Robb Recommends: Christophe Cussac’s Mediterranean cuisine shines at Les Ambassadeurs in Hotel Metropole

les ambasseuders

Cussac has ramped up The Principality’s already sparkling reputation for culinary excellence

It’s as synonymous with the jet-set lifestyle as Neapolitan tailoring, Riva yachts and Jackie O’s sunglasses. Since the doors fronting its neoclassical, Belle Époque palace façade were first flung open in 1897, Hotel Metropole has attracted an elite class of international clientele, drawn to it by a plethora of factors: its location (just off place de Casino, and a 10-minute walk from Port Hercules); the lush landscaping, strewn liberally with jasmine, in its grounds; and the attention to detail (how many hotels actually recruit a sound designer to ensure the aural landscape is as congenial as possible?).

Add to that, in the modern era, the design smarts—Karl Lagerfeld devised the rooftop pool area, while Didier Gomez renovated the Givenchy spa. And then, of course, there’s its cuisine. And this last category got a serious booster earlier this year when “Les Ambassadeurs by Christophe Cussac”—a five-star restaurant in the century-old palace, serving up Mediterranean cuisine inspired by Chef Cussac’s own gastronomic heritage—became yet another of the hotel’s already abundant offerings.

Hotel Metropole’s iconic façade
Hotel Metropole’s iconic façade. Photo by Will Pryce

Christophe Cussac’s culinary journey is the stuff of dreams. The narrative begins when he was just eight years old, and his grandmother taking charge of the kitchens at L’abbaye Saint Michel in (his father converted the property into the Relais & Châteaux hotel, and quickly obtained a Michelin star). A period with Joël Robuchon at three Michelin-starred-restaurant Jamin followed, then one with Troisgros Roanne and another four years at l’Hôtel Nikko – the first hotel restaurant ever to be awarded with two Michelin stars.

“Journeys like that of Christophe Cussac belong to a certain kind: that of chefs who live through their era by being at the right place at the right time,” is how the restaurant itself puts it: and these words will carry resonance with all who experience the offerings in a restaurant opening which has breathed new life into a cult venue of the 1920s.

Photo of Les Ambassadeurs
Les Ambassadeurs: a jewel in The Riviera’s culinary crown. Photo by Hotel Metropole/Les Ambassadeurs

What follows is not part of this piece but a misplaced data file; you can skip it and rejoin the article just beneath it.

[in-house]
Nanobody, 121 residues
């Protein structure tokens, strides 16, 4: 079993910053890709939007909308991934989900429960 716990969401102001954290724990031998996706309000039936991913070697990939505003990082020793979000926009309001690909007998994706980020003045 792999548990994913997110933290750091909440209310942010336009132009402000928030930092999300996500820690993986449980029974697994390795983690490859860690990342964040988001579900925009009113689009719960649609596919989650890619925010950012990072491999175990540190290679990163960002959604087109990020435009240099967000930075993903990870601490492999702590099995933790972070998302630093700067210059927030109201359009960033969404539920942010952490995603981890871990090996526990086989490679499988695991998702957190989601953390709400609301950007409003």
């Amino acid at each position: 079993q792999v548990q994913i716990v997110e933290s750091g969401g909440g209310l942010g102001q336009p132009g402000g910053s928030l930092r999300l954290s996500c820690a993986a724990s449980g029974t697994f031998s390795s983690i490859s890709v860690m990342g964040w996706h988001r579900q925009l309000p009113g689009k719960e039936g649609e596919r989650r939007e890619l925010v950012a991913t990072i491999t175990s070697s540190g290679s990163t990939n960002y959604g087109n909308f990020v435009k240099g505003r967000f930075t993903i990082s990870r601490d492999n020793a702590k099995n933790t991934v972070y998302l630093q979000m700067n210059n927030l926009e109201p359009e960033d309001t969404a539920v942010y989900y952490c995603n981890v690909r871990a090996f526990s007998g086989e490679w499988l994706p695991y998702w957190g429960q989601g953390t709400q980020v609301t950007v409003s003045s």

Examples? The standout dishes include a freshly marinated sardine, caviar and Menton lemon – a zesty new spin on the well-earned reputation of Mediterranean cuisine. Elegant simplicity is also the driving force behind the sea bream tartare and caviar cannelloni; the Gamberoni rossi, summer salad and rosemary burrata; an incredible lasagne mnade up of lobster, tarragon, spinach and spianata; the John Dory and artichoke and coriander broth; the veal chop, porcini mushroom sauce “Arroz de Calasparra” saffron seafood. The list goes on.

And that’s before we get onto the desserts: fresh, original, endlessly engaging dishes made with strict adherence to the importance of seasonal ingredients: from beechwood-smoked chocolate with crunchy gavotte to lemon tartlet with basil sorbet. Cussac’s thumb rule – in keeping with, but also furthering, the prevailing culinary zeitgeist here in mid-2023—is all about the elegance of not over-thinking cooking: think three flavours per dish, so as not to confuse—and therefore compromise—the meticulously curated ingredients.

Photo of Christophe Cussac
“Keep it simple, but above all good” — Christophe Cussac. Photo by Hotel Metropole/Les Ambassadeurs

Over to the man himself: “Over time, I’ve learned to simplify, to go straight to the products, without complicating them,” he says. “My goal is that when someone tastes my cooking, they immediately understand. And remember it. That’s my ideal. Keep it simple, but above all good.”

Hotel Metropole will be closing the hotel in October 2024 for a refurb about which we’re incredibly excited. Watch this space, when it comes to the results. The restaurants – including Les Ambassadeurs – will remain open through this period though. Which is a huge relief, as all epicureans – denizens and visitors alike – really should experience this glittering jewel in The French Riviera’s culinary crown.

This story was first published on Robb Report UK